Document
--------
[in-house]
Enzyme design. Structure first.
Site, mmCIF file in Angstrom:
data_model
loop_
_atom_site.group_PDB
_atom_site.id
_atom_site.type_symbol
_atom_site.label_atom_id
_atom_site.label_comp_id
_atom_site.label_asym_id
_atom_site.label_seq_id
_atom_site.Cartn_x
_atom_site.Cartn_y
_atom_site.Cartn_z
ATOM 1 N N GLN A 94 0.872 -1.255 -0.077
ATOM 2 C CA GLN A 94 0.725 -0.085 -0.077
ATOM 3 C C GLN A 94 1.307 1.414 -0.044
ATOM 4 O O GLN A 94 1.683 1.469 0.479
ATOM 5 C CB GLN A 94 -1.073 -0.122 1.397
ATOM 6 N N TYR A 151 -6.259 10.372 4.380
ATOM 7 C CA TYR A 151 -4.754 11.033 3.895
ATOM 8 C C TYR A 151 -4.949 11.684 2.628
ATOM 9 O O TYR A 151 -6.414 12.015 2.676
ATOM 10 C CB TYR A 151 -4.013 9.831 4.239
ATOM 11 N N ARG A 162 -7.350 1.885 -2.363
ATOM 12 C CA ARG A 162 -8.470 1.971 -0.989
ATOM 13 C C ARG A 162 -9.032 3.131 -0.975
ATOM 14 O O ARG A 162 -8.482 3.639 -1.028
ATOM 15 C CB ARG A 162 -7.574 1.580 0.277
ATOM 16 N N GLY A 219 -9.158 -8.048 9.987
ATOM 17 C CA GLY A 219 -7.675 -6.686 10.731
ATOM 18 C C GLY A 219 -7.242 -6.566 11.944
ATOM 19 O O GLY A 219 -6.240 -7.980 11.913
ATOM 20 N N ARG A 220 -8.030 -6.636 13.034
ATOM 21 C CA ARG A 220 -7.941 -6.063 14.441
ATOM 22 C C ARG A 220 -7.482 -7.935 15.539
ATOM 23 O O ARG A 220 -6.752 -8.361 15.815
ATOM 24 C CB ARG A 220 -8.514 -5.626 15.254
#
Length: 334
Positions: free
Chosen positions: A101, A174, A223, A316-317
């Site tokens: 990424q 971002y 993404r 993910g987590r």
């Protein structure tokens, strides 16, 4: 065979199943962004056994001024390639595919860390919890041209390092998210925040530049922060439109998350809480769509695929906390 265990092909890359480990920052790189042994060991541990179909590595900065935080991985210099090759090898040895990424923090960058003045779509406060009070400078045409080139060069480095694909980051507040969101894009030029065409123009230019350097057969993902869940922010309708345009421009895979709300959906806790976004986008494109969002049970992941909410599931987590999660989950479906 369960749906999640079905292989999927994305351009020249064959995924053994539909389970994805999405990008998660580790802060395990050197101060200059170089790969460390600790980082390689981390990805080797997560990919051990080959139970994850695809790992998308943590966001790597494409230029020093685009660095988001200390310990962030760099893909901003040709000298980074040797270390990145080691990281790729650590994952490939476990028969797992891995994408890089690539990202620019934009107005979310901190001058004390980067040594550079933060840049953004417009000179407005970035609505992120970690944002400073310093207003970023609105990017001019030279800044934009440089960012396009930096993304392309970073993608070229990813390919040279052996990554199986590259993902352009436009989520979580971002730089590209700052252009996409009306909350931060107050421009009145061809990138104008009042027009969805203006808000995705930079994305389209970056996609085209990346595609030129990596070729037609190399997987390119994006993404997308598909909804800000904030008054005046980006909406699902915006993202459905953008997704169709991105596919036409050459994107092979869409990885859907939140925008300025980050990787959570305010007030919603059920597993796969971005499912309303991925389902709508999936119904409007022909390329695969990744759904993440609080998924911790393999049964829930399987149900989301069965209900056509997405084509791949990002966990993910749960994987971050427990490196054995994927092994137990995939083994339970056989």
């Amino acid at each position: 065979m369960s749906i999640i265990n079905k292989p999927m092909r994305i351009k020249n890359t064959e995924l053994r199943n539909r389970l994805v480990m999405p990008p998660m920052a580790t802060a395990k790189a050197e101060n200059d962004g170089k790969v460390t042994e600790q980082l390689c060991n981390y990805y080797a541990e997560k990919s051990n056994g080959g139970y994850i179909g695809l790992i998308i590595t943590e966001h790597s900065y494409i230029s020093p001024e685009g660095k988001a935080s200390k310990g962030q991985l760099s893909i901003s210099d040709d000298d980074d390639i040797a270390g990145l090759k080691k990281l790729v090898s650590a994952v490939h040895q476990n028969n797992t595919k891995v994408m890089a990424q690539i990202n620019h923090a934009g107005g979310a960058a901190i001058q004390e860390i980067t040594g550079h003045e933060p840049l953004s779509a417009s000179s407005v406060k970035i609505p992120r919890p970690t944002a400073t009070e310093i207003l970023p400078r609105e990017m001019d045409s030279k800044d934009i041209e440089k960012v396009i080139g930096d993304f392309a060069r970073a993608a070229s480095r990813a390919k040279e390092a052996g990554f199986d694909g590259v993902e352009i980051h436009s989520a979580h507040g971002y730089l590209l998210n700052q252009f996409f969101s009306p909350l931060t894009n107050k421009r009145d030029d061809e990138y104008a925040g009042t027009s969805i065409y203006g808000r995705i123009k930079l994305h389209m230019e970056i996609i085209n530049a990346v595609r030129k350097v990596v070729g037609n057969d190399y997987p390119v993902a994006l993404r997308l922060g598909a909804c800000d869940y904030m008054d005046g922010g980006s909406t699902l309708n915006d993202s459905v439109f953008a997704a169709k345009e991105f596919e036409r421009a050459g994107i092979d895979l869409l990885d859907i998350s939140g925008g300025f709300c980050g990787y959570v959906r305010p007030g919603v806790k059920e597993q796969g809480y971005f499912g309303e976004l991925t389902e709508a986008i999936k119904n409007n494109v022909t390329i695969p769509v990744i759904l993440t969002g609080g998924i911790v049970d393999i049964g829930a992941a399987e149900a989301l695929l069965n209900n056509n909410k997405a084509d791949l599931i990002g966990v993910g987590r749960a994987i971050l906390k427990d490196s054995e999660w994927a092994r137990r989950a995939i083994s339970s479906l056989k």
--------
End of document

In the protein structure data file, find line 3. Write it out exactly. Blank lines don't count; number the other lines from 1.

Site, mmCIF file in Angstrom: